The president of the American Society of Cinematographers (ASC) sent a strongly worded letter to the organization’s members on Tuesday, reacting to the news that the award for Best Cinematography, along with three other awards, would not be presented during the Oscars broadcast.
The ASC’s president Kees van Oostrum called The Academy’s move a “most unfortunate decision” and promised to “protest” the decision.
“This decision could be perceived as a separation and division of this creative process, thus minimizing our fundamental creative contributions,” Oostrum said. “We cannot quietly condone this decision without protest.”
Academy president John Bailey revealed on Monday that Best Cinematography, along with the categories for Film Editing, Live-Action Short and Make-Up and Hairstyling, would not be presented live and instead be awarded during commercial breaks of the Oscars ceremony in an attempt to keep the broadcast to under three hours.
The winners’ speeches will then be “slightly edited” and inserted into the broadcast. The original presentations will be streamed live on Oscar.com and on Academy social channels.
The decision was met with vocal disapproval by past nominees and winners, including one of this year’s nominees, the director of “Roma,” Alfonso Cuarón.
“In the history of CINEMA, masterpieces have existed without sound, without color, without a story, without actors and without music,” he tweeted. “No one single film has ever existed without CINEMAtography and without editing.”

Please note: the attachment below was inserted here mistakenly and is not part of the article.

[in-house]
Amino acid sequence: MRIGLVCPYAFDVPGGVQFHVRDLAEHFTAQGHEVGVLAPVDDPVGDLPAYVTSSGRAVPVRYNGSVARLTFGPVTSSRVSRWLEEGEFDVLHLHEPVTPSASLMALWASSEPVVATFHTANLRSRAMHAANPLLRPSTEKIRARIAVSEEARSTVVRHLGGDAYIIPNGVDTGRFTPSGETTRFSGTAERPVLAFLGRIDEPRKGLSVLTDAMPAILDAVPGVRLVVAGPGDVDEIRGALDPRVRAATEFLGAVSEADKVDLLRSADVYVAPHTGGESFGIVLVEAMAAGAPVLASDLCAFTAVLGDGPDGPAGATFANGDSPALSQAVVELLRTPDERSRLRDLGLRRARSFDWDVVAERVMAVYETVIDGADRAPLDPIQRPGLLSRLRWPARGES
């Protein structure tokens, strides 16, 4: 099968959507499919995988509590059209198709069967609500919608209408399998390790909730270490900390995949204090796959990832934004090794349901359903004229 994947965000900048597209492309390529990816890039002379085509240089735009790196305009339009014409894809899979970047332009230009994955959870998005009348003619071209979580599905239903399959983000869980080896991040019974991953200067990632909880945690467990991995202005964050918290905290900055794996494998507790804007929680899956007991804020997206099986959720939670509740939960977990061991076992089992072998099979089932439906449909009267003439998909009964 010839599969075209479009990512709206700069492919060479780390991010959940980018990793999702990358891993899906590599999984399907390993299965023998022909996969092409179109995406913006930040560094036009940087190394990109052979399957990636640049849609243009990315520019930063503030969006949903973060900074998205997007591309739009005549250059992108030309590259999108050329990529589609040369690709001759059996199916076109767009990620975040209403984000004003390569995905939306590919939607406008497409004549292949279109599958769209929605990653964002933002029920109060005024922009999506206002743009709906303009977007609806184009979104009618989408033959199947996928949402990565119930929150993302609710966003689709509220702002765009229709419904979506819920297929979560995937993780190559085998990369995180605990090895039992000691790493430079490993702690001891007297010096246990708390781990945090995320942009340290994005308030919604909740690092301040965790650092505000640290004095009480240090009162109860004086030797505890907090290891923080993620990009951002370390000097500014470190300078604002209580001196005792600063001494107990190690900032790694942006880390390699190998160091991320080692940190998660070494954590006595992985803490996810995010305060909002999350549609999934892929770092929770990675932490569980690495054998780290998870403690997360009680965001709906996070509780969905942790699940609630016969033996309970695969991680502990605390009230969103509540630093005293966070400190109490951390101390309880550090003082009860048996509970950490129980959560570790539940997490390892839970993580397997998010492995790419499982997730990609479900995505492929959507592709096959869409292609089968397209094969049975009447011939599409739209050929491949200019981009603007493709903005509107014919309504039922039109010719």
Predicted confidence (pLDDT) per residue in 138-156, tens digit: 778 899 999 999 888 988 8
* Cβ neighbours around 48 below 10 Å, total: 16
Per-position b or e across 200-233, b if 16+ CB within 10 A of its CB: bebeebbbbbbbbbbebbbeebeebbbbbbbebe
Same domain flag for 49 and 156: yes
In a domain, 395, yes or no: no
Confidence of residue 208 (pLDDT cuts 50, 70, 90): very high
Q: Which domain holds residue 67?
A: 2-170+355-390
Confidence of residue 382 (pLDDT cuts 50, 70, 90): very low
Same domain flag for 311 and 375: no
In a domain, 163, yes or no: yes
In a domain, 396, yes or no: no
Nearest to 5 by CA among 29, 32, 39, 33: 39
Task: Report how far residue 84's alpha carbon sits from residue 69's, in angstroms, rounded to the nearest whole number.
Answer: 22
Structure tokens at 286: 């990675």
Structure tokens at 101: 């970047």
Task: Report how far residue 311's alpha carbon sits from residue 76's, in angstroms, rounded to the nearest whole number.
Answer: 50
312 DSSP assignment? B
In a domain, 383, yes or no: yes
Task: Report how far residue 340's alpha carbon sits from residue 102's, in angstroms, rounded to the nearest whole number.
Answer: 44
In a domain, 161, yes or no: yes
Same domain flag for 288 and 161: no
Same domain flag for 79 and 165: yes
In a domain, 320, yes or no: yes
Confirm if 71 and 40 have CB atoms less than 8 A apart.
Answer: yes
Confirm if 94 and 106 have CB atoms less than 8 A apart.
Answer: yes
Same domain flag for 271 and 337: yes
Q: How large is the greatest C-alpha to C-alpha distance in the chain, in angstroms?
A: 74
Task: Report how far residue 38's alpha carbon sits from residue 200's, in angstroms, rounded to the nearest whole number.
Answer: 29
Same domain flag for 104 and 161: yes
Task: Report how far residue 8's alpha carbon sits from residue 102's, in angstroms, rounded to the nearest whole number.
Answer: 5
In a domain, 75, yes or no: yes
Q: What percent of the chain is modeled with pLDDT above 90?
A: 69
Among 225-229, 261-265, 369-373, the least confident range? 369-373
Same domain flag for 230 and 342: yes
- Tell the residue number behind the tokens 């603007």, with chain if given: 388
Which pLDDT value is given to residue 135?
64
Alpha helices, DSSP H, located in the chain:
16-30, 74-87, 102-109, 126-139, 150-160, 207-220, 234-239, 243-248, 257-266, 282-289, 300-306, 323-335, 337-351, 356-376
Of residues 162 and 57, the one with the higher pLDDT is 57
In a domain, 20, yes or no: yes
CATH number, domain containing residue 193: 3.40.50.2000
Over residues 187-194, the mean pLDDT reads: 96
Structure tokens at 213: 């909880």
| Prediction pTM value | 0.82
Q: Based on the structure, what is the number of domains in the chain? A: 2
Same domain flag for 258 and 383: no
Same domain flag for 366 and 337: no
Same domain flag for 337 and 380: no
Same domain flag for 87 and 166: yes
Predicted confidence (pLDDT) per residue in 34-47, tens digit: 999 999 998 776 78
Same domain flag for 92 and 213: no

The plan to move some of the categories off the air has prompted a Twitter hashtag, #PresentAll24, urging the Academy to reconsider.
Read the full statement below:
Dear members of the ASC,
Yesterday afternoon the Academy of Motion Picture Arts & Sciences announced that the Best Cinematography presentation — as well as the awards for Film Editing, Live-Action Short and Make-up and Hair Styling — would not be broadcast live but presented in a delayed and edited version during the televised Oscar ceremony. This decision was apparently made in order to shorten the length of the Academy Awards broadcast.
After receiving many comments on this matter from ASC members, I think I speak for many of them in declaring this a most unfortunate decision. We consider filmmaking to be a collaborative effort where the responsibilities of the director, cinematographer, editor and other crafts often intersect. This decision could be perceived as a separation and division of this creative process, thus minimizing our fundamental creative contributions.
The Academy is an important institution that represents our artistry in the eyes of the world. Since the organization’s inception 91 years ago, the Academy Awards have honored cinematographers’ talent, craft and contributions to the filmmaking process, but we cannot quietly condone this decision without protest.
Kees van Oostrum
The Oscars air on ABC on Feb. 24.